Children with Complex Needs Didactic Series Fall 2021

kids with Mental Health / Intellectual Developmental Disabilities

Children with Complex Needs Didactic Series Fall 2021

The North Carolina Division of Mental Health, Developmental Disabilities, and Substance Abuse Services is sponsoring a series of webinars to support workforce development for systems that interact with, support, and provide treatment for persons who have mental illness co-occurring with an intellectual/developmental disability. The webinars will cover the most common challenges in providing effective care to this population. 

All training sessions will occur from 10:00 am – 11:30 am

Date Session Title
August 3, 2021 The Diagnosis of Psychiatric Disorders in Individuals with Intellectual Disabilities
October 5, 2021 Adaptation of Dialectical Behavior Therapy for Work with Autistic Youth
November 2, 2021 Psychopharmacology for Children with Complex Needs

 

Modality: Each training will be 1.5 hours of instruction in length. These didactics are a live interactive virtual training via zoom video conferencing platform.

Registration: Registration is free, but participants must pre-register for this training. We will confirm your registration by email. The capacity for each training will be set at 1000.

Target Audience: 
This training series targets behavioral health professionals, LME-MCO staff, medical professionals, nursing professionals, school staff, state, local child serving agencies, and parents of youth who are dually diagnosed with mental illness and intellectual and developmental disabilities.

Inclement Weather Policy:
Any announcements regarding changes to the schedule due to inclement weather will be posted on https://bhs.unc.edu.  Registered participants will also be notified by email.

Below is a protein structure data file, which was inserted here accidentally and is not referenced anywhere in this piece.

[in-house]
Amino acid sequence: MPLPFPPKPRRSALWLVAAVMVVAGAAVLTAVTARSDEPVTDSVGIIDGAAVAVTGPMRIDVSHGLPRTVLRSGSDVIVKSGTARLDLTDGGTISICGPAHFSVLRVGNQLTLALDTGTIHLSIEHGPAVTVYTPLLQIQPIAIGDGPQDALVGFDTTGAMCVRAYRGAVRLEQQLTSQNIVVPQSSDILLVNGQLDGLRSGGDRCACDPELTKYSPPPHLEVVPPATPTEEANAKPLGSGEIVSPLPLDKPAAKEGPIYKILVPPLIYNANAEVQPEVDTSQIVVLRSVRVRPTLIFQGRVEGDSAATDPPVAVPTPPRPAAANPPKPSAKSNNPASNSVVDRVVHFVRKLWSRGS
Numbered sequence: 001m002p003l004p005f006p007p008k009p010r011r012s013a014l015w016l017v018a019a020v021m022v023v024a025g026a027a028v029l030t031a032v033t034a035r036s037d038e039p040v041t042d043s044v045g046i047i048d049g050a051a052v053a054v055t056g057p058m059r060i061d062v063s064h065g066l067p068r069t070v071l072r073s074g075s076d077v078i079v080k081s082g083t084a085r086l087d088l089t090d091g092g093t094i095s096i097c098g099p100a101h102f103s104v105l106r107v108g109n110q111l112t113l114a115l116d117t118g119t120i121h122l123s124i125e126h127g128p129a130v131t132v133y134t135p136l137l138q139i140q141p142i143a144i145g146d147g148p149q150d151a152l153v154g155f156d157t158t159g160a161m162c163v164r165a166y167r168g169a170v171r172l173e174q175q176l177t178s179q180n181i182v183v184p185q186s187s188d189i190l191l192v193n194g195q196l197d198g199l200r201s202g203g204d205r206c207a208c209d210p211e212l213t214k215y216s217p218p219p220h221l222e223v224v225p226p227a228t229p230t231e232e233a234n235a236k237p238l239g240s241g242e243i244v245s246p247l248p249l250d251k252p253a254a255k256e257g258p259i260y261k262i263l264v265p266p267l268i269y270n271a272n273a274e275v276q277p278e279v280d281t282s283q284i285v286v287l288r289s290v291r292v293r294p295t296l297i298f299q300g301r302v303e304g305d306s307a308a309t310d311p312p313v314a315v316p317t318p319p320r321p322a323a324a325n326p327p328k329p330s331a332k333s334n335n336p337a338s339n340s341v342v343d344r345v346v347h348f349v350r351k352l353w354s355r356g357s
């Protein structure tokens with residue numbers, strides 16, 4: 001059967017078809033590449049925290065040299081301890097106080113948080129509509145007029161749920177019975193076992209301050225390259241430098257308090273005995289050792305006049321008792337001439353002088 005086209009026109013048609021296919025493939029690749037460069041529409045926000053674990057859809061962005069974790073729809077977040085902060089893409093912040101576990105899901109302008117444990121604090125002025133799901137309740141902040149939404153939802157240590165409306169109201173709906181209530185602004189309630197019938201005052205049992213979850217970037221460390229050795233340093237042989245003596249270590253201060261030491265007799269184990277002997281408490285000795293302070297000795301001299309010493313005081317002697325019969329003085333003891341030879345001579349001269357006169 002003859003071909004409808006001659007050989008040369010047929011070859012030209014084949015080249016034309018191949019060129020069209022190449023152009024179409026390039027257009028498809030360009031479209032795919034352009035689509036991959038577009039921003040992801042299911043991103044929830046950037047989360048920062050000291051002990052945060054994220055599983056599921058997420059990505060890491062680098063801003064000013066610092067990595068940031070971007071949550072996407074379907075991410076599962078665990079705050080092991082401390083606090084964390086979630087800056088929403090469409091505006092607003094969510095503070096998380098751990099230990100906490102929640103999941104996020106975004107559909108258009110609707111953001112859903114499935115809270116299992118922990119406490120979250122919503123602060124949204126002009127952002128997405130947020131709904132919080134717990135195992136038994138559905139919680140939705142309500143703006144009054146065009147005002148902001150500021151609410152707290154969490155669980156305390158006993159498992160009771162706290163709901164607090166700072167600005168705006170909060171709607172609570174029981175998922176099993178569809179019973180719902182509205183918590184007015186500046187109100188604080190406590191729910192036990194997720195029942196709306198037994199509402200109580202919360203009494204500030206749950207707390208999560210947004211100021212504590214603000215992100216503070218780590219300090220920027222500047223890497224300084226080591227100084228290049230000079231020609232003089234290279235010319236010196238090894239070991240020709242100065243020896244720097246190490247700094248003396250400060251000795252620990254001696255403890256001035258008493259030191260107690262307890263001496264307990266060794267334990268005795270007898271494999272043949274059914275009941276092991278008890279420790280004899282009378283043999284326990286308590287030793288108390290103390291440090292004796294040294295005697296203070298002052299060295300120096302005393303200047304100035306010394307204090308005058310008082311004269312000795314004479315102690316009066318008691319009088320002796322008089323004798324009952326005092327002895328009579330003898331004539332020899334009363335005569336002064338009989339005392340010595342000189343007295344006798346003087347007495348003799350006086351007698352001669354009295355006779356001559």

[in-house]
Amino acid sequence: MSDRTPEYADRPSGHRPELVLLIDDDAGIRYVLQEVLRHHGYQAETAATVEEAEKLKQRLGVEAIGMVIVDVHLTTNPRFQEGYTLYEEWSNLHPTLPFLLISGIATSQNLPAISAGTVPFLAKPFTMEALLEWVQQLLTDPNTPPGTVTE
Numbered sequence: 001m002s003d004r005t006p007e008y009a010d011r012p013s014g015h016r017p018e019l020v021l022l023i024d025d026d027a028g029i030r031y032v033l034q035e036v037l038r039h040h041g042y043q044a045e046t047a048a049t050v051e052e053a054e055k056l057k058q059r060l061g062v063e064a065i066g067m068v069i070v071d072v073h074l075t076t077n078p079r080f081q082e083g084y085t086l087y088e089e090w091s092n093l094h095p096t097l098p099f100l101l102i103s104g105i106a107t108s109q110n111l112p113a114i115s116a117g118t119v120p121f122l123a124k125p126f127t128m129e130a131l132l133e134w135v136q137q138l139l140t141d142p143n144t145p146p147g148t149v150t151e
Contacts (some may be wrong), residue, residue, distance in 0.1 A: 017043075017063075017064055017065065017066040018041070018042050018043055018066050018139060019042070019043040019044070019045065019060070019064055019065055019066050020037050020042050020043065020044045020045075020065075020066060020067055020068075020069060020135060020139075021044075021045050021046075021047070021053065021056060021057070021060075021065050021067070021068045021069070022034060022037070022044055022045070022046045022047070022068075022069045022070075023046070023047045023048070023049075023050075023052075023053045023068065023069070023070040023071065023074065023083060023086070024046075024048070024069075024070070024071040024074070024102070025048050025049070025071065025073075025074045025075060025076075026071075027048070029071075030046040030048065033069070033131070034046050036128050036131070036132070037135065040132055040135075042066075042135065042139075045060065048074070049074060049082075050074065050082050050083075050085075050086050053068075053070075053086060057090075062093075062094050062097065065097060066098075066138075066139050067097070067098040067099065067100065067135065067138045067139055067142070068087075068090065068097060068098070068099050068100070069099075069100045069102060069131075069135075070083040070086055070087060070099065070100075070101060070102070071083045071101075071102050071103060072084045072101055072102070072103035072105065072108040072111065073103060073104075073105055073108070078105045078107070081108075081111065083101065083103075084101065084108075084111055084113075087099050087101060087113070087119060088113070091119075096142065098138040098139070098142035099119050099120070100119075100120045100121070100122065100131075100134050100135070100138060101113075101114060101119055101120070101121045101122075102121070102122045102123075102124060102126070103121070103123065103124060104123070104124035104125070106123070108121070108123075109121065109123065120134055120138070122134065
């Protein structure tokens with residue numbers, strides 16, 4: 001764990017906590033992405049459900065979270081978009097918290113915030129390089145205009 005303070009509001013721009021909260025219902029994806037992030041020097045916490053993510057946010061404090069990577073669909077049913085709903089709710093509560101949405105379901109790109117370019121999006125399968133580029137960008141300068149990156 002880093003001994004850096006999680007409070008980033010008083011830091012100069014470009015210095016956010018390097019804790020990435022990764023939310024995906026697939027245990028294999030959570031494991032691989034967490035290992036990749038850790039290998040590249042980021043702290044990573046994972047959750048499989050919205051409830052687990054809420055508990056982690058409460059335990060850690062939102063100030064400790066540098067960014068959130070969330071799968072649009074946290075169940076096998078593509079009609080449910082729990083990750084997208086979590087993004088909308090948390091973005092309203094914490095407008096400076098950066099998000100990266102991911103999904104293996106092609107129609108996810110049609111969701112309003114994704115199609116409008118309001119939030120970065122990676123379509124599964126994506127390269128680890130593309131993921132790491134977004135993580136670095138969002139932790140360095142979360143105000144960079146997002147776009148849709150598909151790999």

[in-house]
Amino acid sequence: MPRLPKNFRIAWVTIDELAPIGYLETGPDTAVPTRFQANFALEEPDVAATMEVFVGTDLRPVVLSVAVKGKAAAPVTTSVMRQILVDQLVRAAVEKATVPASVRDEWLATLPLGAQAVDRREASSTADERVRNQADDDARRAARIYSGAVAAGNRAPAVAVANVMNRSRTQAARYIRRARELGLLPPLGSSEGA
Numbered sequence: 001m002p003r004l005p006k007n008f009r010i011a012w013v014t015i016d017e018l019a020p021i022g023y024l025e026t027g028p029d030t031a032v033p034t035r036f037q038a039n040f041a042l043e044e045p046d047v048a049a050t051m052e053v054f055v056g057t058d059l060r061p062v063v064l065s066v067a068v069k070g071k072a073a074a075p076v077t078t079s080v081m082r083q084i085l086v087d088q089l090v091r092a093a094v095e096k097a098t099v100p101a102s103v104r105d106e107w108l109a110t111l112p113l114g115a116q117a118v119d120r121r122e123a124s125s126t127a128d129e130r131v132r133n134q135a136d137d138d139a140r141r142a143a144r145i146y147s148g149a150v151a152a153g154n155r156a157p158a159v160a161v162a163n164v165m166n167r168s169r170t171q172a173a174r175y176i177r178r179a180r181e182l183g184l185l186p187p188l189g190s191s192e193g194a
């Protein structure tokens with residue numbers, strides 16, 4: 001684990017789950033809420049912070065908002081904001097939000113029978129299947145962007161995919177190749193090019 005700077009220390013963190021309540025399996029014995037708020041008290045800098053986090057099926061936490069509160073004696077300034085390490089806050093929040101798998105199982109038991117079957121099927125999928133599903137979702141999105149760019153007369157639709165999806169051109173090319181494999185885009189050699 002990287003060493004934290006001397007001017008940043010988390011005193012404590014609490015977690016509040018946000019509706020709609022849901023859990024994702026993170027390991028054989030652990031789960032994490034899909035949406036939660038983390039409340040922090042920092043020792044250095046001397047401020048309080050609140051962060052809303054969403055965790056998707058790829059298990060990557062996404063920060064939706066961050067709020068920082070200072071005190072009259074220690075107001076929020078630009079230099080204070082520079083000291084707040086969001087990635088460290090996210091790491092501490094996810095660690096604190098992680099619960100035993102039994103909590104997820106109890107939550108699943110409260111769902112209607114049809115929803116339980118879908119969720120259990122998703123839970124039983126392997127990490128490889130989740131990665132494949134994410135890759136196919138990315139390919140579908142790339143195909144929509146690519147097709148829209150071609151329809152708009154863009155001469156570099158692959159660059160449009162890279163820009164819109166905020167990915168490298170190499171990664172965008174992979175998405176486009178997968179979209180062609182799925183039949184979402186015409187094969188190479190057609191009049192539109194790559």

ADA Statement:
If you require any of the auxiliary aids or services identified in the Americans with Disabilities Act in order to participate in this program, please call us at (919) 843-6083 no later than ten business days before the program.

Contact for Questions:
For questions, further information, or concerns, contact bhrp-support@listserv.unc.edu
Or call (919) 843-6083

NC MHSSSA logoConfirmation Notices and Certificates of Completion:

Registration is free, but participants must pre-register for each webinar. We will confirm your registration by email. Closer to your training date, you will receive an email that includes your Zoom link. Successful completion includes being logged in and virtually participating for the entire webinar. Within 7 days of the conclusion of the event, you will receive an email notifying you that the evaluations and certificates are ready. The email will include a link to https://bhs.unc.edu where you can login using the username and password you chose at registration. Once you have logged in, you will see the training titles listed under "My Courses" on the left side. After clicking on the link, you will be taken to another page where you can click the link to the event evaluation. Once you have completed and submitted your evaluation, you can click on the link to access the Certificate of Completion. You will be able to print or save your Certificate as a PDF document.

Live Training Sessions:

NOTE: You need to logon to BHS to view and register for these training. Each session is limited to 200 participants.

Starts Session Register / Status
08-03-21 The Diagnosis of Psychiatric Disorders in Individuals with Intellectual Disabilities 8/3/2021 REGISTER
10-05-21 Adaptation of Dialectical Behavior Therapy for Work with Autistic Youth 10/5/2021 REGISTER